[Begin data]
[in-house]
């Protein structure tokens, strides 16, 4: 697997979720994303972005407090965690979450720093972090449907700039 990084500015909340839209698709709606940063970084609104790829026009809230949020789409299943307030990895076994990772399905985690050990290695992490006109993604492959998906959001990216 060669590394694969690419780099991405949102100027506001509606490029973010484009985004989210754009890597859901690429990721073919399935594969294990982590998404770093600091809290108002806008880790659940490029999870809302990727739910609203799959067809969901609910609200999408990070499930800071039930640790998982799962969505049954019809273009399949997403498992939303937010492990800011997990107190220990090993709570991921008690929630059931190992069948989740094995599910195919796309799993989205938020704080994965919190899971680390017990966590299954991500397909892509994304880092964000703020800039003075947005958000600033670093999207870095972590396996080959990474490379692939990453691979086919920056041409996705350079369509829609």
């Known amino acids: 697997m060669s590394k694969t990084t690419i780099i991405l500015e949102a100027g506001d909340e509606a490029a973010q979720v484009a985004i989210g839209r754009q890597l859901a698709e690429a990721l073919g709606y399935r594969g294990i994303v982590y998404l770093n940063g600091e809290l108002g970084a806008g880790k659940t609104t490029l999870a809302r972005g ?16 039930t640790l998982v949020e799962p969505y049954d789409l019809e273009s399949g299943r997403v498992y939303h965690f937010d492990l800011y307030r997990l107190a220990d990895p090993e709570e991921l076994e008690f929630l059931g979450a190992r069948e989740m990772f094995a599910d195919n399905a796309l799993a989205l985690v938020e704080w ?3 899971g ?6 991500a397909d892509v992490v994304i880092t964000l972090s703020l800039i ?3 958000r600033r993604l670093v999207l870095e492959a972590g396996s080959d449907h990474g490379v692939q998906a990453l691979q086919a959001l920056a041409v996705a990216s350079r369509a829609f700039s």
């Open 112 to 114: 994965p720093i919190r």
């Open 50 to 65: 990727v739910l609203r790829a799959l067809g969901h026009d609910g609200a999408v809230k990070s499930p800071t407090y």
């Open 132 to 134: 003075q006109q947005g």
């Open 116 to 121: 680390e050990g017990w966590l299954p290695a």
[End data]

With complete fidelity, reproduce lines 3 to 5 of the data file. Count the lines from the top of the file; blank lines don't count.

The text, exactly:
């Known amino acids: 697997m060669s590394k694969t990084t690419i780099i991405l500015e949102a100027g506001d909340e509606a490029a973010q979720v484009a985004i989210g839209r754009q890597l859901a698709e690429a990721l073919g709606y399935r594969g294990i994303v982590y998404l770093n940063g600091e809290l108002g970084a806008g880790k659940t609104t490029l999870a809302r972005g ?16 039930t640790l998982v949020e799962p969505y049954d789409l019809e273009s399949g299943r997403v498992y939303h965690f937010d492990l800011y307030r997990l107190a220990d990895p090993e709570e991921l076994e008690f929630l059931g979450a190992r069948e989740m990772f094995a599910d195919n399905a796309l799993a989205l985690v938020e704080w ?3 899971g ?6 991500a397909d892509v992490v994304i880092t964000l972090s703020l800039i ?3 958000r600033r993604l670093v999207l870095e492959a972590g396996s080959d449907h990474g490379v692939q998906a990453l691979q086919a959001l920056a041409v996705a990216s350079r369509a829609f700039s």
């Open 112 to 114: 994965p720093i919190r």
């Open 50 to 65: 990727v739910l609203r790829a799959l067809g969901h026009d609910g609200a999408v809230k990070s499930p800071t407090y």